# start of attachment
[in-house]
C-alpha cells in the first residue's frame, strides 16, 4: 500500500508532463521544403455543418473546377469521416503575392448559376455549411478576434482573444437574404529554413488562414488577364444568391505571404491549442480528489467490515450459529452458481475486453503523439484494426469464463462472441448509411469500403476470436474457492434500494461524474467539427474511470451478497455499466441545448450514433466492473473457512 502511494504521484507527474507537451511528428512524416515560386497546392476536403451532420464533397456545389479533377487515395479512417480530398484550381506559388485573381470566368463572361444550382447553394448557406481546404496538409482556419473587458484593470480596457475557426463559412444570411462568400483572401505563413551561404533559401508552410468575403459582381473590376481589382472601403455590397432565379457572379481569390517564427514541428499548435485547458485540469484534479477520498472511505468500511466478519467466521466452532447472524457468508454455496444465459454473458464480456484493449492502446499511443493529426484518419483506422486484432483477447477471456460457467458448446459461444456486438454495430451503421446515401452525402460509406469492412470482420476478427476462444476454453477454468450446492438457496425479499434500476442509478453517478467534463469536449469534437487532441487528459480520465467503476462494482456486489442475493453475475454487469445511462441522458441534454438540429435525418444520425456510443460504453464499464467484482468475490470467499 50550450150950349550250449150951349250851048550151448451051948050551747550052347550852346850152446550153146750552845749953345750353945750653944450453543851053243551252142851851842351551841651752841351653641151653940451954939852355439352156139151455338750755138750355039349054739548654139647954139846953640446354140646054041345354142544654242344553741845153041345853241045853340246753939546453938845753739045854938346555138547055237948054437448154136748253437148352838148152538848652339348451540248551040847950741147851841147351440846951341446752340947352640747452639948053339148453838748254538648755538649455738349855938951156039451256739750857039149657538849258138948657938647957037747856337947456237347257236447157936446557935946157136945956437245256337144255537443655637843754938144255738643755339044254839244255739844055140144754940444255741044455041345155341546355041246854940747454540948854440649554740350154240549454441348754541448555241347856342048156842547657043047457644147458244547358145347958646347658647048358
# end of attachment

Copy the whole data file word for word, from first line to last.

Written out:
[in-house]
C-alpha cells in the first residue's frame, strides 16, 4: 500500500508532463521544403455543418473546377469521416503575392448559376455549411478576434482573444437574404529554413488562414488577364444568391505571404491549442480528489467490515450459529452458481475486453503523439484494426469464463462472441448509411469500403476470436474457492434500494461524474467539427474511470451478497455499466441545448450514433466492473473457512 502511494504521484507527474507537451511528428512524416515560386497546392476536403451532420464533397456545389479533377487515395479512417480530398484550381506559388485573381470566368463572361444550382447553394448557406481546404496538409482556419473587458484593470480596457475557426463559412444570411462568400483572401505563413551561404533559401508552410468575403459582381473590376481589382472601403455590397432565379457572379481569390517564427514541428499548435485547458485540469484534479477520498472511505468500511466478519467466521466452532447472524457468508454455496444465459454473458464480456484493449492502446499511443493529426484518419483506422486484432483477447477471456460457467458448446459461444456486438454495430451503421446515401452525402460509406469492412470482420476478427476462444476454453477454468450446492438457496425479499434500476442509478453517478467534463469536449469534437487532441487528459480520465467503476462494482456486489442475493453475475454487469445511462441522458441534454438540429435525418444520425456510443460504453464499464467484482468475490470467499 50550450150950349550250449150951349250851048550151448451051948050551747550052347550852346850152446550153146750552845749953345750353945750653944450453543851053243551252142851851842351551841651752841351653641151653940451954939852355439352156139151455338750755138750355039349054739548654139647954139846953640446354140646054041345354142544654242344553741845153041345853241045853340246753939546453938845753739045854938346555138547055237948054437448154136748253437148352838148152538848652339348451540248551040847950741147851841147351440846951341446752340947352640747452639948053339148453838748254538648755538649455738349855938951156039451256739750857039149657538849258138948657938647957037747856337947456237347257236447157936446557935946157136945956437245256337144255537443655637843754938144255738643755339044254839244255739844055140144754940444255741044455041345155341546355041246854940747454540948854440649554740350154240549454441348754541448555241347856342048156842547657043047457644147458244547358145347958646347658647048358